The Vulcan greeting Live long and prosper is the most recognizable catchphrase of the Star Trek franchise, comparable to May the Force be with you of Star Wars fame. In The Simpsons episode Marge vs. the Monorail, Mayor Quimby, in yet another of his misguided attempts to reference pop culture, mistakenly uses the wrong catchphrase when greeting episode guest star Leonard Nimoy.

This instantly identifiable phrase is used by the Vulcan people as both a greeting and a farewell (sometimes replied to with Peace and long life), and is almost always accompanied by the equally famous Vulcan salute. The Vulcan salute is a palm-forward gesture with the fingers and thumb held in a W shape, with the first two and last two fingers each held together. It can be difficult for some people to perform correctly because the ring finger lacks a separate muscle apart from the pinky finger (Wikipedia). Notably, William Shatner is reportedly unable to perform the salute, and the character Zefram Cochrane had difficulty returning the gesture to the Vulcans in Star Trek: First Contact.

Both the phrase and the salute made their first appearance in the original series episode Amok Time, the fifth episode of the second season, in which Spock must return to Vulcan for Pon Farr, the Vulcan mating ceremony. The phrase was scripted (and first spoken not by Spock, but by T'Pau), but the salute was improvised by Leonard Nimoy, who thought the Vulcans should have a unique gesture to go along with it. He based it off of a traditional Jewish gesture of blessing, which looks very similar but is performed with both hands. This is only one of several aspects of Vulcan culture that can be credited to Nimoy's inventiveness, along with the non-lethal Vulcan nerve pinch.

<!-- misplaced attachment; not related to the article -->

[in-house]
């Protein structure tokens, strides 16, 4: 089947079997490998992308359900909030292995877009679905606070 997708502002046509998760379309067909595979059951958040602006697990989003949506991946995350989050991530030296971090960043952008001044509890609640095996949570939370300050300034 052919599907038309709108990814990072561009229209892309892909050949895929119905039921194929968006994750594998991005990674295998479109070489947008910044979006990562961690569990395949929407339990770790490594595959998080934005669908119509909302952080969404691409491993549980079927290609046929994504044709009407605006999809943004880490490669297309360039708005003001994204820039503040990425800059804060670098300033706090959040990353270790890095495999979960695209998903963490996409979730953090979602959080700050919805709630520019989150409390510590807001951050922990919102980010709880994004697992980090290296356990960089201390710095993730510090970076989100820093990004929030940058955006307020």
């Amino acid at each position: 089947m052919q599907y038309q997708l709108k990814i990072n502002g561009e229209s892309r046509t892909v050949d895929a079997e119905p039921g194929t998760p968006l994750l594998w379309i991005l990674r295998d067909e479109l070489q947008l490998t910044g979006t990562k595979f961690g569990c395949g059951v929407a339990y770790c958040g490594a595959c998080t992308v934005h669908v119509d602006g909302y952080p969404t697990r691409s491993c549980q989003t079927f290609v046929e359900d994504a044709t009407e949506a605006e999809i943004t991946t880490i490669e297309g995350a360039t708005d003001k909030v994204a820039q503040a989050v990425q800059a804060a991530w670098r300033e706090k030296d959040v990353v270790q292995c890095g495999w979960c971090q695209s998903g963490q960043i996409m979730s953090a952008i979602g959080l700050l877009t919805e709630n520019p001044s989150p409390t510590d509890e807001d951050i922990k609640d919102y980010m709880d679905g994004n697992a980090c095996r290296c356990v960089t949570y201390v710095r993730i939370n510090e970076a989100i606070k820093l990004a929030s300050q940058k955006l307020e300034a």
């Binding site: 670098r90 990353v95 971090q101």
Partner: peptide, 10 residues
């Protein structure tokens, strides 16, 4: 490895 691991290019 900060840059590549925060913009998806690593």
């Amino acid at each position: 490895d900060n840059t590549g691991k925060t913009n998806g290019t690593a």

Other notable appearances of the popular phrase include First Contact and The Wrath of Khan. Live long and prosper were the first words spoken by Vulcans to humans at their official first contact on April 15th, 2063 (although the Vulcans had been monitoring Earth long before then). Fittingly, they were also Spock's last words to Captain Kirk before dying of radiation sickness, sacrificing himself to save the ship at the end of Wrath of Khan. Spock, of course, would later return from the dead in The Search for Spock.

It should be noted that Live long has special meaning for the Vulcan people, as Vulcan lifespans are at least twice that of Humans.

In the original Vulcan, Live long and prosper is pronounced Dup dor a'az Mubster. (Star Trek: The Motion Picture). Another well-known Vulcan saying is Kol-Ut-Shan, Infinite diversity in infinite combinations, which is represented by a triangle and a circle, forming what is fan theorized to be an image of the Vulcan sun rising over Mount Seleya. The IDIC symbol is used as a decoration on many Vulcan objects, perhaps most visibly on the Vulcan baseball team's uniforms in the Deep Space Nine episode Take Me Out to the Holosuite.


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